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Smith v. Davol Inc.

Superior Court of Rhode Island

November 28, 2016

WAYNE SMITH and REBECCA SMITH Plaintiffs,
v.
DAVOL INC. and C. R. BARD INC. Defendants.

         Providence County Superior Court

          For Plaintiff: Robert W. Smith, Esq.

          For Defendant: Mark Nugent, Esq.

          Thomas M. Robinson, Esq.

          DECISION

          GIBNEY, P.J.

         The Defendants, Davol Inc. (Davol) and C. R. Bard Inc. (Bard) (collectively, Defendants), bring this Super. R. Civ. P. 12(b)(6) (Rule 12(b)(6)) motion to dismiss against Plaintiffs Wayne and Rebecca Smith (Plaintiffs) in the above-titled negligence and product liability action. Defendants assert that Plaintiffs' Amended Complaint fails to state a claim upon which relief can be granted because Plaintiffs do not establish a product "defect" as required under Rhode Island strict product liability law. Additionally, Defendants contend that Plaintiffs' claims lack proximate cause essential to establish product liability and negligence. Plaintiffs assert that Davol's Composix Kugel Hernia Patch (patch) meets definitions of "defective" under Rhode Island strict product liability law, and that there is sufficient proximate cause alleged in their Amended Complaint in order to survive a Rule 12(b)(6) motion to dismiss. This Court exercises jurisdiction pursuant to G.L. 1956 § 8-2-14.

         I

         Facts and Travel

         On February 7, 2005, Mr. Wayne Smith (Mr. Smith) underwent surgery to repair a ventral hernia. Doctors implanted a 7.7" x 9.7" patch to repair the hernia. Davol designed, manufactured, and distributed the mesh patch that doctors implanted into Mr. Smith. Bard is the corporate parent and stockholder of Davol, and it participates in the manufacture and distribution of the patch, in addition to supplying Davol with material that forms part of the patch. After implantation surgery, Mr. Smith suffered severe abdominal pain and tenderness at the site of implantation. On December 22, 2005, Davol issued the first of several recalls, which included a recall for the type of patch implanted into Mr. Smith. Additional recalls were again issued in January and March of 2006. The patch was recalled due to a faulty "memory recoil ring" that could potentially break under pressure. This recall was issued after there were reports of incidents of ring migration within the body, intestinal fistulae, bowel perforation, and even death.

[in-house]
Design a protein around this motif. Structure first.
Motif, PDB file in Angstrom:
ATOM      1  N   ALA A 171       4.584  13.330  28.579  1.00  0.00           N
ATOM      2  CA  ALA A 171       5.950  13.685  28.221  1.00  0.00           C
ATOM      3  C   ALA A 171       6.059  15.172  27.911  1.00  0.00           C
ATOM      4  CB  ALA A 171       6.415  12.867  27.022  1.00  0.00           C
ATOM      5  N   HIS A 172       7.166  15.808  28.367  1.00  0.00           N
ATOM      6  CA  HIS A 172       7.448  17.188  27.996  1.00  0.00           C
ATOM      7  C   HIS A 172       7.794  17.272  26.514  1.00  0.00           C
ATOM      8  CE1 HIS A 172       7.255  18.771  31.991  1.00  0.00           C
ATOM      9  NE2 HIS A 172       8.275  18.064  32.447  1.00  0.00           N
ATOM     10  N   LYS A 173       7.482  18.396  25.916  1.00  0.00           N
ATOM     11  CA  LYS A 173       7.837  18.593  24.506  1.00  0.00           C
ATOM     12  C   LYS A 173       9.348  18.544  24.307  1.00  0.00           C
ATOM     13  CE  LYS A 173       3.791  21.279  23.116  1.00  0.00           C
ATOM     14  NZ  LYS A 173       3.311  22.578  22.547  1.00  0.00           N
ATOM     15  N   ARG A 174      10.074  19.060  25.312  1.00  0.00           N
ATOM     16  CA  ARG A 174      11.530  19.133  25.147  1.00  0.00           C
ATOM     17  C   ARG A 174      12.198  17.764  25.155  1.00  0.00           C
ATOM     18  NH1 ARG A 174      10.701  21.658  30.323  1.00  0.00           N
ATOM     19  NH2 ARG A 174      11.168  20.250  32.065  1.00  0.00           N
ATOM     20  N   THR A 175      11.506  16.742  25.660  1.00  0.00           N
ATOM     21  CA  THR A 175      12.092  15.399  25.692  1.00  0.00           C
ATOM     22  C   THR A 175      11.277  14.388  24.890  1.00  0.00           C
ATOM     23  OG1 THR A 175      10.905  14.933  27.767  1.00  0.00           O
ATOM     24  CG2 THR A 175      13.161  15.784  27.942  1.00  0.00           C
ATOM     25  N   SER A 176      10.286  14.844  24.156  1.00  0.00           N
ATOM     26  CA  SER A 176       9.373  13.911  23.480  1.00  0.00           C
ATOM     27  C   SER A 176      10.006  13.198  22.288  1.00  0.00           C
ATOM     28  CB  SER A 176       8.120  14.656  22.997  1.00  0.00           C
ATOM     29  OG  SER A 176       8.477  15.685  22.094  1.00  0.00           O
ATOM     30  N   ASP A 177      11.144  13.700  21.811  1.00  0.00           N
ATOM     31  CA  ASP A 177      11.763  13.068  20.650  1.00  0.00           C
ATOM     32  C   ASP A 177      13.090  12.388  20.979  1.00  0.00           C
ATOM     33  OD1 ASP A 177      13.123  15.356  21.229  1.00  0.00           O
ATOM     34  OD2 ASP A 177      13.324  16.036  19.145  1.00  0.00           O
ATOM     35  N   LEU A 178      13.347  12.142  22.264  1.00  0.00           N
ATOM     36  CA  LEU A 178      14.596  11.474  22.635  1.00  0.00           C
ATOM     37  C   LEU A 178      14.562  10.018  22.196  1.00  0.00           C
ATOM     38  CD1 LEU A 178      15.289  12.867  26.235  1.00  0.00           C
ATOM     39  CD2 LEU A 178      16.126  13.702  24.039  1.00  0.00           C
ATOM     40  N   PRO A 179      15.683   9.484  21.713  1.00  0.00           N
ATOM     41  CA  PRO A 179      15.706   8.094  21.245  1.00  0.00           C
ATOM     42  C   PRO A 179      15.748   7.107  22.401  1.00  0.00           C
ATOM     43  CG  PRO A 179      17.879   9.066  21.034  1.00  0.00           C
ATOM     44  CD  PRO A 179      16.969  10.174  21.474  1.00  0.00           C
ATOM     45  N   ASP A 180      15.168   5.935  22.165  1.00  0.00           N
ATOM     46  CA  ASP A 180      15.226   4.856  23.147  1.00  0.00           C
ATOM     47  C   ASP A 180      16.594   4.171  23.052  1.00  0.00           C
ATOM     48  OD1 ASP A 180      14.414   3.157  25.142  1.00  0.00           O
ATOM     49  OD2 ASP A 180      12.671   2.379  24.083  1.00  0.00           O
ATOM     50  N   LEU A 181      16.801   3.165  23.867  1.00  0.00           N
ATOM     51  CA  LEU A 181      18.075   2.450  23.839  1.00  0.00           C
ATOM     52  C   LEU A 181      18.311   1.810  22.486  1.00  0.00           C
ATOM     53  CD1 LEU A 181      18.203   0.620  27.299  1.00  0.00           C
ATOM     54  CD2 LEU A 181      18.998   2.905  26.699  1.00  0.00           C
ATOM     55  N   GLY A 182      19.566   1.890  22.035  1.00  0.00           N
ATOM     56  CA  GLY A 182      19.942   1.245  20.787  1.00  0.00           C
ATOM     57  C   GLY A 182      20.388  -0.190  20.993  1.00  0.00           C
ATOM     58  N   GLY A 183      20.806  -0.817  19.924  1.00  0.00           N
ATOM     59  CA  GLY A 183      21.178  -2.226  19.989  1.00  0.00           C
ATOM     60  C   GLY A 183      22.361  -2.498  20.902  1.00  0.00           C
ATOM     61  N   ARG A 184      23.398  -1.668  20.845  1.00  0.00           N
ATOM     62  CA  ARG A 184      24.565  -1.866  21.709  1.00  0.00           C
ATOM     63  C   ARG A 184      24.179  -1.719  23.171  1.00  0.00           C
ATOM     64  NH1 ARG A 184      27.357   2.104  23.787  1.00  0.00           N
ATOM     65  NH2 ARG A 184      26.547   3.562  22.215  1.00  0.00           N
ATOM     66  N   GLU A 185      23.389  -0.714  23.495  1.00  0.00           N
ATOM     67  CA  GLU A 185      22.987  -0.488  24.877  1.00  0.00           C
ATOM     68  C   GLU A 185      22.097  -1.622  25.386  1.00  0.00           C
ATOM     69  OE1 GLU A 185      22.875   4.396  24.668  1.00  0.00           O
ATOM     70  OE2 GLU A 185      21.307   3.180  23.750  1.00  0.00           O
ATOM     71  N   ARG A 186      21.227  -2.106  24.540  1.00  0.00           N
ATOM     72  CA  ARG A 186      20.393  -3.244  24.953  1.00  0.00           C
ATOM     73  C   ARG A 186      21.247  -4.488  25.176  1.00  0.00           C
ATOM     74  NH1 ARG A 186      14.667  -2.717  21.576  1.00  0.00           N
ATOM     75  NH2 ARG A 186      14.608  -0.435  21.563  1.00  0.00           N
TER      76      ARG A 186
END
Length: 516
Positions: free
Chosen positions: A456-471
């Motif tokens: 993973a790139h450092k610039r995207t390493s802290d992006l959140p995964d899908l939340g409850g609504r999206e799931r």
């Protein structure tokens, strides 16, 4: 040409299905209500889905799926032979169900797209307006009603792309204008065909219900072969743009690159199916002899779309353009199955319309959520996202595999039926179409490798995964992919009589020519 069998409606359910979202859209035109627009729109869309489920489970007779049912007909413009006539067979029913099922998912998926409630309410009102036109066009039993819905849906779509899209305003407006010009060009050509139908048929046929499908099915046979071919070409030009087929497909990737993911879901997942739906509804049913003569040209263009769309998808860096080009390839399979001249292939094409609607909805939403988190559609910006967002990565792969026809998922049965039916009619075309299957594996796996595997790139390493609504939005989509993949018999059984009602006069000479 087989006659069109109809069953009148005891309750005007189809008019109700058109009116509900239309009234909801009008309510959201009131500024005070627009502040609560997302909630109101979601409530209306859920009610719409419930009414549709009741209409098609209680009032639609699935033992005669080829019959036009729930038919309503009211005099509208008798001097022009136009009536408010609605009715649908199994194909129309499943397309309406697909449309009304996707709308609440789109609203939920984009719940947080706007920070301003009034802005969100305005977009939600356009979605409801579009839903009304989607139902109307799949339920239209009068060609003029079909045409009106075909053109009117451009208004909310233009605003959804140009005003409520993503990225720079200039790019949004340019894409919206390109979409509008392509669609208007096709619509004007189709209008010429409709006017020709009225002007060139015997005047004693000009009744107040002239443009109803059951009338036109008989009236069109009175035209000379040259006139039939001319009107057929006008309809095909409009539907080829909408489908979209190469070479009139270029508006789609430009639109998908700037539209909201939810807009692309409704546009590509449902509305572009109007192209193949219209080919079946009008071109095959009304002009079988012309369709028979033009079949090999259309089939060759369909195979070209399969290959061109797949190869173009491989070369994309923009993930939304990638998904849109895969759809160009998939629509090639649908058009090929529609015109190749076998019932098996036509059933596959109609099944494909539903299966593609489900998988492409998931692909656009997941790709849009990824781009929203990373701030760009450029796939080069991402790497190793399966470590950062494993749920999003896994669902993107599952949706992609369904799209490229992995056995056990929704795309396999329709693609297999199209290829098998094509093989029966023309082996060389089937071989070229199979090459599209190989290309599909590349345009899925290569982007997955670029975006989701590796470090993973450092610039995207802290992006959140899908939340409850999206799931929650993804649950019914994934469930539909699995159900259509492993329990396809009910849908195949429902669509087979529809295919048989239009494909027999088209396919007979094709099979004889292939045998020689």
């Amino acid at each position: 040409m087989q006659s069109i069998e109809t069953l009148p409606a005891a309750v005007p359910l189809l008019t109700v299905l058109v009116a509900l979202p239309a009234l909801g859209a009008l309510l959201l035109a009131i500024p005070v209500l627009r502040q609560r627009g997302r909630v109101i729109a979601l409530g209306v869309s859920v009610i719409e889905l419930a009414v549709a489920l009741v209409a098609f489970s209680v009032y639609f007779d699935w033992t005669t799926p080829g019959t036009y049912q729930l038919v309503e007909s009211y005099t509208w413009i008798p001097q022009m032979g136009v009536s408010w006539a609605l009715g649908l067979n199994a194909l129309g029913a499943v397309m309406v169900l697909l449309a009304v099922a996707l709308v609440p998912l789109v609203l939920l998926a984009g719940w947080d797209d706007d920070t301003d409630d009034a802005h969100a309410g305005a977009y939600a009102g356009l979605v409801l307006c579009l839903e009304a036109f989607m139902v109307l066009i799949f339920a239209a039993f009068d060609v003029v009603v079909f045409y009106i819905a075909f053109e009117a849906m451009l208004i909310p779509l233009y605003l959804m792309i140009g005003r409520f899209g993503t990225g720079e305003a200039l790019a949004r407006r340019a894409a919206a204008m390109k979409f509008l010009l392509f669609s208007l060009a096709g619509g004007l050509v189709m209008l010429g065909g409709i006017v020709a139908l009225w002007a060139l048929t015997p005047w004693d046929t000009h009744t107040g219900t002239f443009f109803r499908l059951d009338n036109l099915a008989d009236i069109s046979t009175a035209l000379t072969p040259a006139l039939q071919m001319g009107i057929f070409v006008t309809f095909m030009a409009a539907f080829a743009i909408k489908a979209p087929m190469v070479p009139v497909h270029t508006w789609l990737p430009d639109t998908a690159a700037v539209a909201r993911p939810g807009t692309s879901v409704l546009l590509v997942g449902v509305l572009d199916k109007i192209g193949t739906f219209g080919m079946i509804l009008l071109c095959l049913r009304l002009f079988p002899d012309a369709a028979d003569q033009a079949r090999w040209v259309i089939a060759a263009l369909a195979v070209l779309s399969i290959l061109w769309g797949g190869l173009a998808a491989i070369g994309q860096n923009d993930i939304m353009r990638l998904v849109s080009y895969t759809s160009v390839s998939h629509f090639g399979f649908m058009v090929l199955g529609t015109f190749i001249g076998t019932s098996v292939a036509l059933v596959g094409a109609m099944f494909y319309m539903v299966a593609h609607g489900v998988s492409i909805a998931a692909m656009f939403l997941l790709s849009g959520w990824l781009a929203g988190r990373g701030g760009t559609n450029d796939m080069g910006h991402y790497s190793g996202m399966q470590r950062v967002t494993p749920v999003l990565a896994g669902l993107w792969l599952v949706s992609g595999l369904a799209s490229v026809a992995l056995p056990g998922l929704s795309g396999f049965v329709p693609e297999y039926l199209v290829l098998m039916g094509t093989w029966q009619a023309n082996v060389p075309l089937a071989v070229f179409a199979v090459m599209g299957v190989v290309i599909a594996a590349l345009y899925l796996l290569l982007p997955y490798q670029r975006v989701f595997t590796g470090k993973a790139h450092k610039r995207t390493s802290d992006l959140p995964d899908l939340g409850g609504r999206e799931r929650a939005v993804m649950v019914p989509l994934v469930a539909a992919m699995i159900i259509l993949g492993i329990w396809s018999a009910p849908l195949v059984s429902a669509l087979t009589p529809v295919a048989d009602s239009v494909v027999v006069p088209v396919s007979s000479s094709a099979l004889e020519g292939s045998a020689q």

After reporting his pain and symptoms to his physician, Mr. Smith's doctor advised him that his hernia repair patch was subject to a recall due to defects in the product. Specifically, the product recall included information on possible symptomology that would suggest necessary removal of the patch. The recall advised doctors to remain alert for patients reporting "symptoms that could be associated with ring breakage such as unexplained or persistent abdominal pain, fever, tenderness at the implant site or other unusual symptoms." Defs.' Mem., Ex. A. As a result of this information-and with notice of Mr. Smith's reported abdominal pain and tenderness at the site of implantation-Mr. Smith's physician recommended explantation surgery to remove the patch.

         As a result of such explantation procedures, Mr. Smith alleges he suffered severe and continuing physical pain and mental anguish. Plaintiffs bring this action and assert eight claims, including: 1) Negligence; 2) Violation of the Rhode Island Deceptive Trade Practices Act (DTPA); 3) Strict Product Liability; 4) Negligent Infliction of Emotional Distress; 5) Intentional Infliction of Emotional Distress; 6) Breach of Implied Warranty; 7) Failure to Warn; and 8) Loss of Consortium. Defendants now bring this motion to dismiss for failure to state a claim upon which relief can be granted under Rule 12(b)(6).

         II